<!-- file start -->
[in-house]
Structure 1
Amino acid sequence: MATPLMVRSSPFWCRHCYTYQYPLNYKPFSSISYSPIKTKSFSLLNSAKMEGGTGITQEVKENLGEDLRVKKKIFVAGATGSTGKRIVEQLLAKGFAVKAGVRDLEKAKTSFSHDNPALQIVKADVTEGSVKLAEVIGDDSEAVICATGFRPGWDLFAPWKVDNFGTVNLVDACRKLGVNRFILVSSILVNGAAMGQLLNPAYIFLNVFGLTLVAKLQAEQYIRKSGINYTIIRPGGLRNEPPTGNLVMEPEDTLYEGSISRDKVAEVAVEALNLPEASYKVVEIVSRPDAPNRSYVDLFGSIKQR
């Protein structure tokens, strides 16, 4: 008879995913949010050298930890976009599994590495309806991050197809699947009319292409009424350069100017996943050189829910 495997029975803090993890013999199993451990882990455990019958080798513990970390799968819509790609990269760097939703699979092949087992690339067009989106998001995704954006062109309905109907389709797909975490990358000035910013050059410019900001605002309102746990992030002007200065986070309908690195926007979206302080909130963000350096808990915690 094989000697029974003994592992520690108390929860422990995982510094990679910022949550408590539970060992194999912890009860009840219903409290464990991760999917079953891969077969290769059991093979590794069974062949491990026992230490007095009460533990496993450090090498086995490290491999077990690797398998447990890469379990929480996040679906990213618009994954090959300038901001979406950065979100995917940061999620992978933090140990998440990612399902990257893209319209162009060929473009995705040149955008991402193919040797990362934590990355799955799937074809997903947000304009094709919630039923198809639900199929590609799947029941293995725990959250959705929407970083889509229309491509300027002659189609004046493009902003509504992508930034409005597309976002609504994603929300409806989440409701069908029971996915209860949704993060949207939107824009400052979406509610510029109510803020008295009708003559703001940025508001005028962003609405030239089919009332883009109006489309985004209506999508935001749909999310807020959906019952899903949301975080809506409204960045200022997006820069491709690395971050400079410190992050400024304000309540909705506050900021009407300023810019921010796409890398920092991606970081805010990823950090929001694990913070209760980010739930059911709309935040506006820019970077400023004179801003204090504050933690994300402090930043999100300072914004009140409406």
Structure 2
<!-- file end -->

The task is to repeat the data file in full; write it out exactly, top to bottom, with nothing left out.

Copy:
[in-house]
Structure 1
Amino acid sequence: MATPLMVRSSPFWCRHCYTYQYPLNYKPFSSISYSPIKTKSFSLLNSAKMEGGTGITQEVKENLGEDLRVKKKIFVAGATGSTGKRIVEQLLAKGFAVKAGVRDLEKAKTSFSHDNPALQIVKADVTEGSVKLAEVIGDDSEAVICATGFRPGWDLFAPWKVDNFGTVNLVDACRKLGVNRFILVSSILVNGAAMGQLLNPAYIFLNVFGLTLVAKLQAEQYIRKSGINYTIIRPGGLRNEPPTGNLVMEPEDTLYEGSISRDKVAEVAVEALNLPEASYKVVEIVSRPDAPNRSYVDLFGSIKQR
């Protein structure tokens, strides 16, 4: 008879995913949010050298930890976009599994590495309806991050197809699947009319292409009424350069100017996943050189829910 495997029975803090993890013999199993451990882990455990019958080798513990970390799968819509790609990269760097939703699979092949087992690339067009989106998001995704954006062109309905109907389709797909975490990358000035910013050059410019900001605002309102746990992030002007200065986070309908690195926007979206302080909130963000350096808990915690 094989000697029974003994592992520690108390929860422990995982510094990679910022949550408590539970060992194999912890009860009840219903409290464990991760999917079953891969077969290769059991093979590794069974062949491990026992230490007095009460533990496993450090090498086995490290491999077990690797398998447990890469379990929480996040679906990213618009994954090959300038901001979406950065979100995917940061999620992978933090140990998440990612399902990257893209319209162009060929473009995705040149955008991402193919040797990362934590990355799955799937074809997903947000304009094709919630039923198809639900199929590609799947029941293995725990959250959705929407970083889509229309491509300027002659189609004046493009902003509504992508930034409005597309976002609504994603929300409806989440409701069908029971996915209860949704993060949207939107824009400052979406509610510029109510803020008295009708003559703001940025508001005028962003609405030239089919009332883009109006489309985004209506999508935001749909999310807020959906019952899903949301975080809506409204960045200022997006820069491709690395971050400079410190992050400024304000309540909705506050900021009407300023810019921010796409890398920092991606970081805010990823950090929001694990913070209760980010739930059911709309935040506006820019970077400023004179801003204090504050933690994300402090930043999100300072914004009140409406």
Structure 2